Why Chicago’s low voter turnout is bad for our kids

My neighborhood of Woodlawn was one of several asked to come back to the polls this week and finish the job we started in February. The 20th ward aldermanic election field was narrowed down to two contenders: Willie Cochran and Che Smith. This post isn’t about their political prowess or plans to decrease gang violence and bring new commerce to the area – though there’s plenty of interesting stuff there.

This post is about the sad example of political apathy we’re setting for our kids.

I’m no historian, but its important to note that it took, by my count, four constitutional amendments to get to the point where I have the free and clear right to vote alongside my white counterparts.

The 13th amendment abolished slavery, the 14thdefined what makes a U.S. citizen, the 15thprohibits denial of voting rights based on race, and the 24thmade it illegal to throw up financial hindrances to voting. If you’re an African American woman like me, tack on the 19th amendment, which gave women the right to vote.

Do you see where this is going?

I’m pissed.

According to the Tribune, only 32 percent of 20th Ward voters voted in the Feb. 22 race, compared to 42 percent citywide. Estimates from Tuesdays’ run-off are hovering about 25 percent.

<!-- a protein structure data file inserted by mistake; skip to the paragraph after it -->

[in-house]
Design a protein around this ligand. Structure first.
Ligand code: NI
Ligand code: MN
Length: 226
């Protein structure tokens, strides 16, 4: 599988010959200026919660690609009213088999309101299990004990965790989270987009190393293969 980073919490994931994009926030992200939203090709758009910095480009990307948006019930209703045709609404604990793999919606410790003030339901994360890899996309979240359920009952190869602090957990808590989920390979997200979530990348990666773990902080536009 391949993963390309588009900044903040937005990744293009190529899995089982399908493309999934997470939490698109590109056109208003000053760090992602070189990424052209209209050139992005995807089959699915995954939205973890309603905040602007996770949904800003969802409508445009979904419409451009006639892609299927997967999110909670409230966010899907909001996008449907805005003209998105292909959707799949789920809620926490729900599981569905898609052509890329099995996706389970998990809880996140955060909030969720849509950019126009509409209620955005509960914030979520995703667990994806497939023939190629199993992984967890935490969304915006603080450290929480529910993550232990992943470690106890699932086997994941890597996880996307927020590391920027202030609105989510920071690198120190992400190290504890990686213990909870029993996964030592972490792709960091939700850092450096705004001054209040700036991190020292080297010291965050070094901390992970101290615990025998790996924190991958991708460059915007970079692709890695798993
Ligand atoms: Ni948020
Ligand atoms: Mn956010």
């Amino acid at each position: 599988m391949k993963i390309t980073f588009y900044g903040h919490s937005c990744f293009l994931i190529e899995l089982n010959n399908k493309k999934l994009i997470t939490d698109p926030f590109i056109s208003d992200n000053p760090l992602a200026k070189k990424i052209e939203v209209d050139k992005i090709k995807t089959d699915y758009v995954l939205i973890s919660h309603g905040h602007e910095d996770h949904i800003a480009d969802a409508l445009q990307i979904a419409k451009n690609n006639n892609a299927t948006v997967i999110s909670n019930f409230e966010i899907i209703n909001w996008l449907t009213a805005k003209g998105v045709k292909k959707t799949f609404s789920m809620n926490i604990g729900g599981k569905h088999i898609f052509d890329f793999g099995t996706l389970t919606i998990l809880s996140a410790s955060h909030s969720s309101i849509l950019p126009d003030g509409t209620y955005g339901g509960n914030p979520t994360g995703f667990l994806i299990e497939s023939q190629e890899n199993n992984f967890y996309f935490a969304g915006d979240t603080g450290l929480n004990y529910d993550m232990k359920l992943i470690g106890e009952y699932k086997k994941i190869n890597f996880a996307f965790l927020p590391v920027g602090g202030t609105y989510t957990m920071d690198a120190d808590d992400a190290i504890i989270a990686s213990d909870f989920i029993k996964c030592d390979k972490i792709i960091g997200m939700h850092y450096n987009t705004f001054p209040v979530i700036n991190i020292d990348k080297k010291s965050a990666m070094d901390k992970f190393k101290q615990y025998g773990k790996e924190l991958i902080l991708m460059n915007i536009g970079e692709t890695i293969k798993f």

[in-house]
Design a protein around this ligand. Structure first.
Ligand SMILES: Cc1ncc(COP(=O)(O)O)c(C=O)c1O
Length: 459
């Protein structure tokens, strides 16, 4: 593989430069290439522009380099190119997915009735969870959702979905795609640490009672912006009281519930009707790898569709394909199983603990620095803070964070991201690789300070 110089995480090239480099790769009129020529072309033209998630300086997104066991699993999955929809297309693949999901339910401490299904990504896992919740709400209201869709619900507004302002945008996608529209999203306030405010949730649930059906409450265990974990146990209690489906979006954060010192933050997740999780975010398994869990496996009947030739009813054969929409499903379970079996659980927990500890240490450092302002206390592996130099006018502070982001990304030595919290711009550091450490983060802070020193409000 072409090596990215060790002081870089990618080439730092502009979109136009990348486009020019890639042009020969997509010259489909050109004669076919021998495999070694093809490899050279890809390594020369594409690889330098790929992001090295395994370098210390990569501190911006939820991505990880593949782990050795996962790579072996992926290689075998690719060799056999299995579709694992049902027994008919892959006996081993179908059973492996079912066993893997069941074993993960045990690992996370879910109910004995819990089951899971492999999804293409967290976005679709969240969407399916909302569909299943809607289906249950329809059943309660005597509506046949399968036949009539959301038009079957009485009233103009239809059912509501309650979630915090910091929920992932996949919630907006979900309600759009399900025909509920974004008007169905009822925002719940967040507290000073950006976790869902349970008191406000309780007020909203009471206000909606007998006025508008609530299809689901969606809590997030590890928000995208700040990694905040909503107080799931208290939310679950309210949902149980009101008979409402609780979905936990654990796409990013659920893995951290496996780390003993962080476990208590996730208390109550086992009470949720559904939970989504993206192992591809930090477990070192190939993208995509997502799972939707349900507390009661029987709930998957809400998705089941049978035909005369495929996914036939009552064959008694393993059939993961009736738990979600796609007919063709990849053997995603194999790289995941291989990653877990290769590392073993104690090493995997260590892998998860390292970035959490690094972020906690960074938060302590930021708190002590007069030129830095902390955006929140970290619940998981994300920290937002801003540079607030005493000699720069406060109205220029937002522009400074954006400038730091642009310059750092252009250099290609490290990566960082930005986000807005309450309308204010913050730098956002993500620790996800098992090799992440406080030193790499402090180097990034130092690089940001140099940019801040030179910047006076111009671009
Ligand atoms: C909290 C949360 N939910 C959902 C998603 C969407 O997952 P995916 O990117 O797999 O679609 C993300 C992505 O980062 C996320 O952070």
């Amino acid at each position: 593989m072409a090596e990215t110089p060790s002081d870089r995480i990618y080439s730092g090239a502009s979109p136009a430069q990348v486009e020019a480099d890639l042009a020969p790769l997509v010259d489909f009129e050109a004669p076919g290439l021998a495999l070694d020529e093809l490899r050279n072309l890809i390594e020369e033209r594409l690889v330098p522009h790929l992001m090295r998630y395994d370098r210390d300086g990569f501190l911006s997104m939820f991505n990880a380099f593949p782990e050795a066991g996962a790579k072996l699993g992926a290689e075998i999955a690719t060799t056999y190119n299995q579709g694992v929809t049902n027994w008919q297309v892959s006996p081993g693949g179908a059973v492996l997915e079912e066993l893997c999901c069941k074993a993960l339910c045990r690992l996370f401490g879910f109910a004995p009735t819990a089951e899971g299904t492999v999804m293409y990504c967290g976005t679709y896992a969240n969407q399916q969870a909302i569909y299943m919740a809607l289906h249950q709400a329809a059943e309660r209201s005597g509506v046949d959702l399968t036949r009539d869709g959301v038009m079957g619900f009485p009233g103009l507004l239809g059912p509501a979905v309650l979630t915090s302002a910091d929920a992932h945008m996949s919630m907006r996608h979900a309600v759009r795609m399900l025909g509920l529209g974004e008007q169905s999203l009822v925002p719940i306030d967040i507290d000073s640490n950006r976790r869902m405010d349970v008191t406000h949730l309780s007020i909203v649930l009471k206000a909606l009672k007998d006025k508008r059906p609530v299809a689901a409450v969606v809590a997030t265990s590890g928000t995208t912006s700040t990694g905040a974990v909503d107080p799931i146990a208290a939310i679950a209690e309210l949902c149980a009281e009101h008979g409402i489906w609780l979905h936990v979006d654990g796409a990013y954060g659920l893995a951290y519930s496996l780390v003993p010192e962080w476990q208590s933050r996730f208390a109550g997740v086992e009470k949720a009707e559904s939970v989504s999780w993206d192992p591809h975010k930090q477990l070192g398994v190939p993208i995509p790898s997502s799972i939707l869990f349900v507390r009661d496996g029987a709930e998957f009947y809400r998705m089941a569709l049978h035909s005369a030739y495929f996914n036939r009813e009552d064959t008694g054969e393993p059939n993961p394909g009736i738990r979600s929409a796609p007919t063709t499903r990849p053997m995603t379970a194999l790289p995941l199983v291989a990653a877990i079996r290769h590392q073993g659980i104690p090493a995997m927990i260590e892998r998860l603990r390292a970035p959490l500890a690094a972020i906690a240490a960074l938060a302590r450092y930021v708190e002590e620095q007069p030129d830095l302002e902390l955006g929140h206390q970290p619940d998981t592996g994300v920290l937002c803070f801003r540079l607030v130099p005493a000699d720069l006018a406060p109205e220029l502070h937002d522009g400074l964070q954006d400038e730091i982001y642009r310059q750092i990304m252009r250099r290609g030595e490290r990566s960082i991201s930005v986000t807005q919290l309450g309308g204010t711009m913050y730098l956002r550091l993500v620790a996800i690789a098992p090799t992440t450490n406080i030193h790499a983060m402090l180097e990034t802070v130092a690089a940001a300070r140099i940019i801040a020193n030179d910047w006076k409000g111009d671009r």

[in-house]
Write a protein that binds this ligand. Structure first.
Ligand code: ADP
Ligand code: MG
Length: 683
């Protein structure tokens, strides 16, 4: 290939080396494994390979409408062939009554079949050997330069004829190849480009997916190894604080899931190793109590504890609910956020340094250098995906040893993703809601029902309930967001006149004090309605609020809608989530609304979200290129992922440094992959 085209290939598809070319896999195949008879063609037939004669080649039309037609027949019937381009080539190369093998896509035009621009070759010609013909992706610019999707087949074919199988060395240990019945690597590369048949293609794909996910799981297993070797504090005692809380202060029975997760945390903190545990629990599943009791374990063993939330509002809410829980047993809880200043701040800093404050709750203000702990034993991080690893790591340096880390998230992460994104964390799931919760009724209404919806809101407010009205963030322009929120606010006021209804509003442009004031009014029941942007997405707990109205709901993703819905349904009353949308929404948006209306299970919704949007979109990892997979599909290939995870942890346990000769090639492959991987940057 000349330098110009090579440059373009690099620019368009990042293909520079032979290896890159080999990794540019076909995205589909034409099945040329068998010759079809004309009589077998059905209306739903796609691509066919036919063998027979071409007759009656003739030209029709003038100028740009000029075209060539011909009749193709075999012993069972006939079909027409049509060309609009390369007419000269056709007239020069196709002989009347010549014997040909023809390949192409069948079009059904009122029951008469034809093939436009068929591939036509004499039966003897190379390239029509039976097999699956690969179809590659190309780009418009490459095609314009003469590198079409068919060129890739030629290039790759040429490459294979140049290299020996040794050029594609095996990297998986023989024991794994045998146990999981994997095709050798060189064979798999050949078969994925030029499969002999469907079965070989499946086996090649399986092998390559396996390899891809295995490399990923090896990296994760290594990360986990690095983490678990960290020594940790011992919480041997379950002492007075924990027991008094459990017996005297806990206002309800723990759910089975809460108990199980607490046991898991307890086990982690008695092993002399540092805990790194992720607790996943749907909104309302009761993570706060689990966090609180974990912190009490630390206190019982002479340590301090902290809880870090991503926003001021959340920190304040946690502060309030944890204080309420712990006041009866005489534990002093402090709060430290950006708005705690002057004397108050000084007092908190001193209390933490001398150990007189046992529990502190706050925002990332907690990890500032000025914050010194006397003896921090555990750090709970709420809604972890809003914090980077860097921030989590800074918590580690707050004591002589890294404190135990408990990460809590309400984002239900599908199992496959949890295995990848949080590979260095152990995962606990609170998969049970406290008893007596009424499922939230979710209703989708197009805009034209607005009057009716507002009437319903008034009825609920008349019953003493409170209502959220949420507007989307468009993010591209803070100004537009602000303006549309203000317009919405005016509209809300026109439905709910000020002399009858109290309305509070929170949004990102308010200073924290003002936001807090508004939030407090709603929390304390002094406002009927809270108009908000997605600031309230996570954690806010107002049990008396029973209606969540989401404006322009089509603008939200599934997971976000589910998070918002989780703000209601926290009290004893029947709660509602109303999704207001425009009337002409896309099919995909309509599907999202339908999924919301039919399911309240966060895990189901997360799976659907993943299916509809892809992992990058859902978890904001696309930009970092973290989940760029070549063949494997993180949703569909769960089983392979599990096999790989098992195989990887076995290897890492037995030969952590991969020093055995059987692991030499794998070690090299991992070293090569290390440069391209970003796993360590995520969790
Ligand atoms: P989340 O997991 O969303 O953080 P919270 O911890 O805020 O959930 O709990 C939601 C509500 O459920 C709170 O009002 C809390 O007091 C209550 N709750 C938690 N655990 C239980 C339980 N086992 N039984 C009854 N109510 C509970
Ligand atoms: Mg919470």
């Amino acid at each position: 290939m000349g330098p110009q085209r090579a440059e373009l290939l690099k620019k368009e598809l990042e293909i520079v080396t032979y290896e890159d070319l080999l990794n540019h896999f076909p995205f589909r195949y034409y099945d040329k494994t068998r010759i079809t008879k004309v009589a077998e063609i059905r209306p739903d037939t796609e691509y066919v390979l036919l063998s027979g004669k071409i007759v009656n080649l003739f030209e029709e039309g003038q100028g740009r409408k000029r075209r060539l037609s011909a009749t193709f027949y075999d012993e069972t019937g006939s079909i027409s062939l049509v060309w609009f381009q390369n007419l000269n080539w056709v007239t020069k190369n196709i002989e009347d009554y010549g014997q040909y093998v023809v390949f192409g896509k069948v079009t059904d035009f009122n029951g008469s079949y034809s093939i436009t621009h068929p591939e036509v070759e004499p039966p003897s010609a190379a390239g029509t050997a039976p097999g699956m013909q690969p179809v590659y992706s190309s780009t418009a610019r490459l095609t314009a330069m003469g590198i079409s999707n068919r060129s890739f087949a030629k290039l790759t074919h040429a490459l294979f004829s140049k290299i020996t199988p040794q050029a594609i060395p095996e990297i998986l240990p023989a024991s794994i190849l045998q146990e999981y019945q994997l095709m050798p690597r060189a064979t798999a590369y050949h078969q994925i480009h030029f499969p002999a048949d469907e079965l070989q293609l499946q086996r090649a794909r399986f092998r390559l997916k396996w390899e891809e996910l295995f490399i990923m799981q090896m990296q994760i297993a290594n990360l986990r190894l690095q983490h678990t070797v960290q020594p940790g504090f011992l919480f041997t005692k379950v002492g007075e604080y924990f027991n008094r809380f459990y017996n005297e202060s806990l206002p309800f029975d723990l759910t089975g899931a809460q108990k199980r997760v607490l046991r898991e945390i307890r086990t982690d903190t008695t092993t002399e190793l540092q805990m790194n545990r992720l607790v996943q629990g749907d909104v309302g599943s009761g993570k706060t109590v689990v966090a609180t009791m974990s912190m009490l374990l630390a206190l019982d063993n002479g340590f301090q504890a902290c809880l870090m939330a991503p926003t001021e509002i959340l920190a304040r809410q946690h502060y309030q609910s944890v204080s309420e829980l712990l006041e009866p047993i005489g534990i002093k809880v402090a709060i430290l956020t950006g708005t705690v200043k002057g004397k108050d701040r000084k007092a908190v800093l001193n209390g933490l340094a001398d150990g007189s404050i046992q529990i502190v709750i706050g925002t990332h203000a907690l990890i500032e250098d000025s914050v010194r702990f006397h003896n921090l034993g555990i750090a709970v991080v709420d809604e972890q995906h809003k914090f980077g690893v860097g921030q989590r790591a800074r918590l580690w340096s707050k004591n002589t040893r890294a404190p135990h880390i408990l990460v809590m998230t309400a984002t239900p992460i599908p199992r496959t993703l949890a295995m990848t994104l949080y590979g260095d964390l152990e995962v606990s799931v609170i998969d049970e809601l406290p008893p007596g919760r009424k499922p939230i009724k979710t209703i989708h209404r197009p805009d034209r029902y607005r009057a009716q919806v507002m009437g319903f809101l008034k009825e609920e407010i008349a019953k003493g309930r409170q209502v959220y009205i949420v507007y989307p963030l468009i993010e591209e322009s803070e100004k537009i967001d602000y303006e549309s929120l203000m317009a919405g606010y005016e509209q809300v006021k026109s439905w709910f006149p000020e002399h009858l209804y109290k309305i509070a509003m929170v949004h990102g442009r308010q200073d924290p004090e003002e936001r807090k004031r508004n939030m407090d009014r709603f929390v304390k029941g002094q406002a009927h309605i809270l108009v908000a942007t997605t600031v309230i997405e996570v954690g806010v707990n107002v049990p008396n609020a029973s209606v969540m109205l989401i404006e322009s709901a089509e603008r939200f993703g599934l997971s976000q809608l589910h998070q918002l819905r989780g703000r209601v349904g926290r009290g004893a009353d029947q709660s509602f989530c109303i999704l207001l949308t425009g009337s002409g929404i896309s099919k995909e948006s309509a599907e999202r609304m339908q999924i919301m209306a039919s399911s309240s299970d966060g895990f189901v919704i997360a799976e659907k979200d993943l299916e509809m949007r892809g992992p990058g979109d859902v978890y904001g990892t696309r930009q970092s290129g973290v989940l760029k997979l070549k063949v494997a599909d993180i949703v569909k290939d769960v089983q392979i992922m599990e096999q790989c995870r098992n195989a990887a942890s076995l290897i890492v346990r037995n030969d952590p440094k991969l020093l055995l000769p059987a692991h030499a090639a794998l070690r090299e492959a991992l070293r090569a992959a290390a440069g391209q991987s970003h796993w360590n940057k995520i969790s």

I’m both angered and deeply saddened that the same people who cluck about how no one cares about our area couldn’t be bothered to show up to vote themselves. Given the low voter turnout, odds are that the teacher who lives down the street and is in charge of explaining the judicial system to our kids didn’t vote. Neither did the beat cop who lives around the corner and knows firsthand how badly we need allies in the struggle against those who would have this neighborhood crumble. The landlord who is sick of vacant lots on every block may not have voted, and the same goes for the group of guys who stand in that vacant lot every.single.day.

We take pictures with my son whenever we go to vote. Our polling station workers are used to “the lady with the baby on her back.” We take pride in investing in our neighborhood with our dollars and our vote.

But one day, we will have to have one of two conversations with our son about politics and the neighborhood we brought him home from the hospital to. Either Talk #1, where we explain why we had to move away, move to a neighborhood/city/suburb where the other mamas and daddies who work as hard as us take few minutes to do the minimum of their civic duty and elect people who are able to lead and guide us to bigger and better things. Or Talk #2, where the place where we lived has been through some rough times, but the people around us, the neighbors you’ve known all of your life, decided it was time to step up and make this block a neighborhood and this ward a community.

I hope it’s Talk #2.

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